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Venezuela Arrests Ex Oil Ministers, PDVSA Bosses For Corruption

Just a few days have passed since Venezuela’s President Nicolas Maduro tightened his grip on the oil industry, naming a National Guard major general as the new head of PDVSA and the country’s oil ministry, and Venezuela has already arrested the two recent former heads of the oil ministry and the state oil company for alleged corruption in the widening anti-graft crackdown.

Venezuela’s state prosecutor Tarek Saab confirmed on Thursday that Eulogio Del Pino and Nelson Martinez—who held both posts at different times recently and were removed on Sunday and replaced by general Manuel Quevedo—were detained in the early hours today as part of the corruption crackdown.

According to the state prosecutor, quoted by Reuters, Del Pino has been arrested for his alleged involvement in a corruption scandal at the joint venture Petrozamora. Martinez has been detained for allegedly giving the green light to a refinancing deal for PDVSA’s U.S.-based refiner Citgo without seeking government approval, according to Saab.

Last week, Venezuela arrested Citgo’s President Jose Pereira and five senior executives at an event in Caracas. The six Citgo executives—US citizens—will be tried as traitors, Maduro has said.

According to industry sources who spoke to Reuters, Maduro is using the anti-corruption crusade to sideline his political rivals and further tighten his grip over the oil sector that brings in 90 percent of Venezuela’s export income.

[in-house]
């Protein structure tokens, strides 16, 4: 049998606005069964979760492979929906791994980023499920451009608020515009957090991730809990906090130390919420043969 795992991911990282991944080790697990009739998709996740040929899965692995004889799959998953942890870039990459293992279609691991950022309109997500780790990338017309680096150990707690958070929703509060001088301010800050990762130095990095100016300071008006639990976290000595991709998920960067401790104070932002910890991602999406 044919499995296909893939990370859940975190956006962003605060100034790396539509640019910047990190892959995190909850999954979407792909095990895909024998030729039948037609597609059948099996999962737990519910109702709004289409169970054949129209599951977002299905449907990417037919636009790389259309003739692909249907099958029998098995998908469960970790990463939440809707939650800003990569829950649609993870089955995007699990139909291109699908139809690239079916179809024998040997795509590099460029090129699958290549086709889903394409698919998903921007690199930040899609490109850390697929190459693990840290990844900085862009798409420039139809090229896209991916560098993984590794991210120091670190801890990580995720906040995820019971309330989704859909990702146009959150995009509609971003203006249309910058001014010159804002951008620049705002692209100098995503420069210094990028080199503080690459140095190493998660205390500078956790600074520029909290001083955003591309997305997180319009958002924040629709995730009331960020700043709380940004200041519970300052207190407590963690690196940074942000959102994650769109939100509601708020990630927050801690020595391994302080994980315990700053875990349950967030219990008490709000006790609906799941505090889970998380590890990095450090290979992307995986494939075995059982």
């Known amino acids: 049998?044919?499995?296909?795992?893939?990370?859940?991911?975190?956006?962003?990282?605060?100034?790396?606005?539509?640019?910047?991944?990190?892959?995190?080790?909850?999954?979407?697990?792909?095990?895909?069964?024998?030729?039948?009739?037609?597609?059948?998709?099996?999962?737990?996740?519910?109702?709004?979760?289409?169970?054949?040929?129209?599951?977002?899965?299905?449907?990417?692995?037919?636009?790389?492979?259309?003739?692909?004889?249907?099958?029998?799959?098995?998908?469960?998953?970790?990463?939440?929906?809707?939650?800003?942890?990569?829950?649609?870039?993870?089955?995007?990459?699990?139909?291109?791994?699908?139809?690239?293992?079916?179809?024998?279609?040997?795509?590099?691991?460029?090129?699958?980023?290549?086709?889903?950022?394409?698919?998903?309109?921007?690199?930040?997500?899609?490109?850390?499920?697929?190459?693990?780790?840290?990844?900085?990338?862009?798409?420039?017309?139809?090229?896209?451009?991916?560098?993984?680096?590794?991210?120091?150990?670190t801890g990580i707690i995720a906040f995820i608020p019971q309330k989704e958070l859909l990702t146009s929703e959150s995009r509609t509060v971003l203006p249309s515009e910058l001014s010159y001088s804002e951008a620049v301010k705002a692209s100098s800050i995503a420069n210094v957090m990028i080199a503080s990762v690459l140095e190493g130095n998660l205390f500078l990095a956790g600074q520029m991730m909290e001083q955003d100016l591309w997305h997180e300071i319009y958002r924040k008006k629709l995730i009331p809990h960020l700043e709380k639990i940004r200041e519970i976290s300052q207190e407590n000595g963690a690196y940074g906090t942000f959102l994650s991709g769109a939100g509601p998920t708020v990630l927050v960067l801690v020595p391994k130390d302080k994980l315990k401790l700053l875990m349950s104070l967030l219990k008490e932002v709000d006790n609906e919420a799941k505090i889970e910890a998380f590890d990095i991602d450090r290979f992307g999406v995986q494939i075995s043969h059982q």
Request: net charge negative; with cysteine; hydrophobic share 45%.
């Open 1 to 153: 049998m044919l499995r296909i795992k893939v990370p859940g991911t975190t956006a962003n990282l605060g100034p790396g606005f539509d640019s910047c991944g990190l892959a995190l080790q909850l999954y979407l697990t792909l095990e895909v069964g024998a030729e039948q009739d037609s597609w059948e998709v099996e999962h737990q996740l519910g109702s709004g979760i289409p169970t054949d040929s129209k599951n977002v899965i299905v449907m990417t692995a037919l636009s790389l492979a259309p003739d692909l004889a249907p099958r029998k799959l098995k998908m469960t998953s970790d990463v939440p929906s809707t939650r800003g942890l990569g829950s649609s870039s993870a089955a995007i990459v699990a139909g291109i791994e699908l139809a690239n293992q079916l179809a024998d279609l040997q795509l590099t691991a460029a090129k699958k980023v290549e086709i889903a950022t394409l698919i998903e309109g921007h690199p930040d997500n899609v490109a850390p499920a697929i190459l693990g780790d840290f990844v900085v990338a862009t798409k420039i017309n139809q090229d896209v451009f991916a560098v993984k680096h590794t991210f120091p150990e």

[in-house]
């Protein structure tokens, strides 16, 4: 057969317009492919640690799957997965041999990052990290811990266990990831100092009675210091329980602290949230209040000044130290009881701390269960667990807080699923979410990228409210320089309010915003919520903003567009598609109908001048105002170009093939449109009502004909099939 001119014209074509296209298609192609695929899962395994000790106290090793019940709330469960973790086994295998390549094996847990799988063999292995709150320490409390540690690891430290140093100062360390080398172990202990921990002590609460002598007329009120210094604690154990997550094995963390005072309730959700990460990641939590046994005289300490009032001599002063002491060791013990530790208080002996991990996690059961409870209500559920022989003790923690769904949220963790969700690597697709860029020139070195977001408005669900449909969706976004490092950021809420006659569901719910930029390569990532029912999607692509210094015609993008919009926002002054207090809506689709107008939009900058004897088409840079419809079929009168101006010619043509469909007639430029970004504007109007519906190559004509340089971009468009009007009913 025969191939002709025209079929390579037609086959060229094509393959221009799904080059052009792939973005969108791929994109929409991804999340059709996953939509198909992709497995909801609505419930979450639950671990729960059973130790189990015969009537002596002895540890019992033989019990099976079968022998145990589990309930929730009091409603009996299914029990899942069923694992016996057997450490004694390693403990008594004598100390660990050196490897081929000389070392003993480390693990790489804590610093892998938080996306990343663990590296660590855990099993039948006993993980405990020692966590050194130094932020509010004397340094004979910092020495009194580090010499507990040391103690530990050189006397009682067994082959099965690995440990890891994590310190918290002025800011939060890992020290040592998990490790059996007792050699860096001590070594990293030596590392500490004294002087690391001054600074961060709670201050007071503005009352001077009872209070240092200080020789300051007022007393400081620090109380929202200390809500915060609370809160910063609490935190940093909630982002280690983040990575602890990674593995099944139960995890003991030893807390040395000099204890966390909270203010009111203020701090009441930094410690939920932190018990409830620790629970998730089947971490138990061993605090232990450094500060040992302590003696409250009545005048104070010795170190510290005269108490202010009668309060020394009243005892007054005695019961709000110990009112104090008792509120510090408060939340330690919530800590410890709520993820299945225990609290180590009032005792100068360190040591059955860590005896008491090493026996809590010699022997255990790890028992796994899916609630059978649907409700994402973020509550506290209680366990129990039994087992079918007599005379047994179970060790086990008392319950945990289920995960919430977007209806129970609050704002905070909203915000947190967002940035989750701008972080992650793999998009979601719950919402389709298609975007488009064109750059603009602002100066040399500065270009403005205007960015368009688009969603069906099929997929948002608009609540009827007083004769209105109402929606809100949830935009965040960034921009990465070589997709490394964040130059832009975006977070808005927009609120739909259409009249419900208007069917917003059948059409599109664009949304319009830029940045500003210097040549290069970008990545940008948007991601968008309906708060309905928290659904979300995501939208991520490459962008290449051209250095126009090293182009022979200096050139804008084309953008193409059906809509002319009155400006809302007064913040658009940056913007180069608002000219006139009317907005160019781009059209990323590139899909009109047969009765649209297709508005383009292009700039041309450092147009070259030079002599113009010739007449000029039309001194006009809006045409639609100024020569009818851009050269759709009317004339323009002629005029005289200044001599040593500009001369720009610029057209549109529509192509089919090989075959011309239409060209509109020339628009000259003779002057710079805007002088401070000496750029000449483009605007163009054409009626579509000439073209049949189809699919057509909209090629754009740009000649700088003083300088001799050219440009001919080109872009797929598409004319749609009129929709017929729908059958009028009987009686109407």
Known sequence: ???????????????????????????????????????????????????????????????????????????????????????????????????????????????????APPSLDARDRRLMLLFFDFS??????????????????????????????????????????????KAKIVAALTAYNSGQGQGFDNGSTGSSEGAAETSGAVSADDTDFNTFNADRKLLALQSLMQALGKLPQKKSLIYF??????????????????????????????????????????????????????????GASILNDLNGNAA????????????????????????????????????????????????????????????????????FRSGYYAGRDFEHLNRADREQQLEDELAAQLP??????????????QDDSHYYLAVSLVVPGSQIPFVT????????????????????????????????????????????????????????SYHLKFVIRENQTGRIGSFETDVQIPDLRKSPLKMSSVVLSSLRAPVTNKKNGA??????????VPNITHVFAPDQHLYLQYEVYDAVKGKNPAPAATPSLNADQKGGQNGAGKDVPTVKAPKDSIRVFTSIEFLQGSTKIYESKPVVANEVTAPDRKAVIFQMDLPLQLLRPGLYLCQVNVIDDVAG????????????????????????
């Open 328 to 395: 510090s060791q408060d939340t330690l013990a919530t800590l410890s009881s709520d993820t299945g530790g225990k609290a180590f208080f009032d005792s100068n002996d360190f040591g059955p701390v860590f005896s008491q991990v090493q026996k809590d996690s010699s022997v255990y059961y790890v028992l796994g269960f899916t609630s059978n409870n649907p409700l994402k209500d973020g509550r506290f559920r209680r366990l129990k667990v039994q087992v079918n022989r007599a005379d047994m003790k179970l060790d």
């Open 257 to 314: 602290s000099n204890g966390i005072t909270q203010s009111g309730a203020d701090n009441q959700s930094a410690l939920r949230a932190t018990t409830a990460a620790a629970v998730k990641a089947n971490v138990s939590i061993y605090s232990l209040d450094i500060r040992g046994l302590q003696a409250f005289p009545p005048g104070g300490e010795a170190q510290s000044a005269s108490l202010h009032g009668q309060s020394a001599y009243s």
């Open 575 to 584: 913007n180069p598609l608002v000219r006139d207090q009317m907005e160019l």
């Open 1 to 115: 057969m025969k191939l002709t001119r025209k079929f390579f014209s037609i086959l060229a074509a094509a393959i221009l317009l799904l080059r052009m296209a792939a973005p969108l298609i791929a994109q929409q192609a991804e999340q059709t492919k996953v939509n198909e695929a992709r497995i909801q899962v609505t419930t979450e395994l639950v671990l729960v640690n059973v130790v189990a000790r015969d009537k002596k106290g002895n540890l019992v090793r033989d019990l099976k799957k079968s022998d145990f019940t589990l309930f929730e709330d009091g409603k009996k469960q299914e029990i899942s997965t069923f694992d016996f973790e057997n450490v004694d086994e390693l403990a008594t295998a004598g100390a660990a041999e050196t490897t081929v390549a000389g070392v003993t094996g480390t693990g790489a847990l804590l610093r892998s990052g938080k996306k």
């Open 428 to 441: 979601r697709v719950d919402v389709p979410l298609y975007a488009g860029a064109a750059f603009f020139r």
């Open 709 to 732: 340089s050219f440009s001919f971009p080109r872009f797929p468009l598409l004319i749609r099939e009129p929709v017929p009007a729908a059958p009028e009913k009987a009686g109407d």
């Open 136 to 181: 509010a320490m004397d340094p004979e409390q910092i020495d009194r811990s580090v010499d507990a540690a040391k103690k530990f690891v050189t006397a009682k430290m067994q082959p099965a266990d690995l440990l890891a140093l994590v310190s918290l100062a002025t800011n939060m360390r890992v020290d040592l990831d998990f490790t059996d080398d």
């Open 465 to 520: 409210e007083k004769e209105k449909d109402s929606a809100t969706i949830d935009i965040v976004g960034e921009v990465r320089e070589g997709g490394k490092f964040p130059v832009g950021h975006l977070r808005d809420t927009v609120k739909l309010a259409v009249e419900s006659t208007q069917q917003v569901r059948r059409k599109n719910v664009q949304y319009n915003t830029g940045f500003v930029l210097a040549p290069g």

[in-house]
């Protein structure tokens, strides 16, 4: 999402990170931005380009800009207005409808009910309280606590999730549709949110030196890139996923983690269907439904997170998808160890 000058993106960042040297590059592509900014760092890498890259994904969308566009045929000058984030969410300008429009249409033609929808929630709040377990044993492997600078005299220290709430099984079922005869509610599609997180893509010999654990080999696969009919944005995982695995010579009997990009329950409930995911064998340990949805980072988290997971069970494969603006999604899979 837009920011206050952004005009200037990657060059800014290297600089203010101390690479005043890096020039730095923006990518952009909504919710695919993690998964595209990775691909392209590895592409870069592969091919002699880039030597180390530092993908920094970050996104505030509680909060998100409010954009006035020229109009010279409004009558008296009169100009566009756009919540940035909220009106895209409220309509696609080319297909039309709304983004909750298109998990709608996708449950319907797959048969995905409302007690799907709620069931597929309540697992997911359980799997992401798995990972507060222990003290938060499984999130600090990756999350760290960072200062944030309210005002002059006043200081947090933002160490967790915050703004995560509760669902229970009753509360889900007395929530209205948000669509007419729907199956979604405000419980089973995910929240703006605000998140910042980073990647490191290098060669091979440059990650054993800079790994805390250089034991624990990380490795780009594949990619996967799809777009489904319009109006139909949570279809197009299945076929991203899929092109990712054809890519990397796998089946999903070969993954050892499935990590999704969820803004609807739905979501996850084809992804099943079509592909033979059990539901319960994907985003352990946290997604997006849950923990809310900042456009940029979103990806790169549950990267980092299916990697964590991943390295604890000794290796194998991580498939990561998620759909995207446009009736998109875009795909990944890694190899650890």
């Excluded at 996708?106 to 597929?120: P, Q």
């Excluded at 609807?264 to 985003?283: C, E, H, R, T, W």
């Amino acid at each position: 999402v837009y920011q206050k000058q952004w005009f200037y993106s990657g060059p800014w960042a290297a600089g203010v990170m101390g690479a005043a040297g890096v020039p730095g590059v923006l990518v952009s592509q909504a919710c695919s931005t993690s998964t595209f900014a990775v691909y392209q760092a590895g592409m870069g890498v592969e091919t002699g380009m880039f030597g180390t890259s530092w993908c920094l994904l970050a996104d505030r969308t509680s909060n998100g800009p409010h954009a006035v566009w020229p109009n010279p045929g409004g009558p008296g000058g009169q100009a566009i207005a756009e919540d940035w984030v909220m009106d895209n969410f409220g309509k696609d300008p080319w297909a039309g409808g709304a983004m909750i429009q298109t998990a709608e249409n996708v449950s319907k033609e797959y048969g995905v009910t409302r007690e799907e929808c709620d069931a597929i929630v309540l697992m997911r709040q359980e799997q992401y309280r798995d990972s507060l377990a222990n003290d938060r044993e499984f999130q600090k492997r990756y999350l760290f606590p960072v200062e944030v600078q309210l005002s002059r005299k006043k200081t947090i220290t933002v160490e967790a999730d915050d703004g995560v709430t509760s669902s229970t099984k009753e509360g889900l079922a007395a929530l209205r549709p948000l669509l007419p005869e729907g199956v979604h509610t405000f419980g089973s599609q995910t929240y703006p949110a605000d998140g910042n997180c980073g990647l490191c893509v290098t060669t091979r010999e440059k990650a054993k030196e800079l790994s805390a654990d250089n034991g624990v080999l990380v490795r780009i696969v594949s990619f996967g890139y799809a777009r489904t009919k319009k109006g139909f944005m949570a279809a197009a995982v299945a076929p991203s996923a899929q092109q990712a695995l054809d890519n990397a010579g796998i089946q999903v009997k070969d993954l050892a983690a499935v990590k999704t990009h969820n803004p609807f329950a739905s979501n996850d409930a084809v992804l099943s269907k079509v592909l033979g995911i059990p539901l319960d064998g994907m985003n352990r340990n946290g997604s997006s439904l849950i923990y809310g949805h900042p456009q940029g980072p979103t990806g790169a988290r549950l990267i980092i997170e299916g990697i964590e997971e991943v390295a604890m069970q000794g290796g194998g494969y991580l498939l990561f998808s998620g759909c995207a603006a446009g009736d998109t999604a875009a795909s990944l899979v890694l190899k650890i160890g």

Related: The Oil Information Cartel Is (Finally) Broken

“The corruption drive looks more political than anything else. Still it might reduce the anarchy and theft that are now the norm,” Francisco J. Monaldi, a fellow in Latin American energy policy at the Baker Institute in Houston, told BNamericas earlier this week.  

The sweeping corruption crackdown will not free Venezuela’s oil sector from grafts, Monaldi said, noting that the “military have been in charge of other areas in which corruption is rampant.”

“It looks like a political move. On the one hand giving more power to the military that sustain him and putting a loyalist at the helm, on the other eroding a rival’s power. But it would be very costly for the industry,” Monaldi told BNamericas, referring to Maduro’s latest moves.   

By Tsvetana Paraskova for Oilprice.com

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  • Terry on November 30 2017 said:
    Venezuela has three problems: no money, no income, no credit. Venezuela stiffed every previous oil partner. Venezuela confiscated and bankrupted every productive business in the nation. As an economist Maduro makes a pretty good bus driver.

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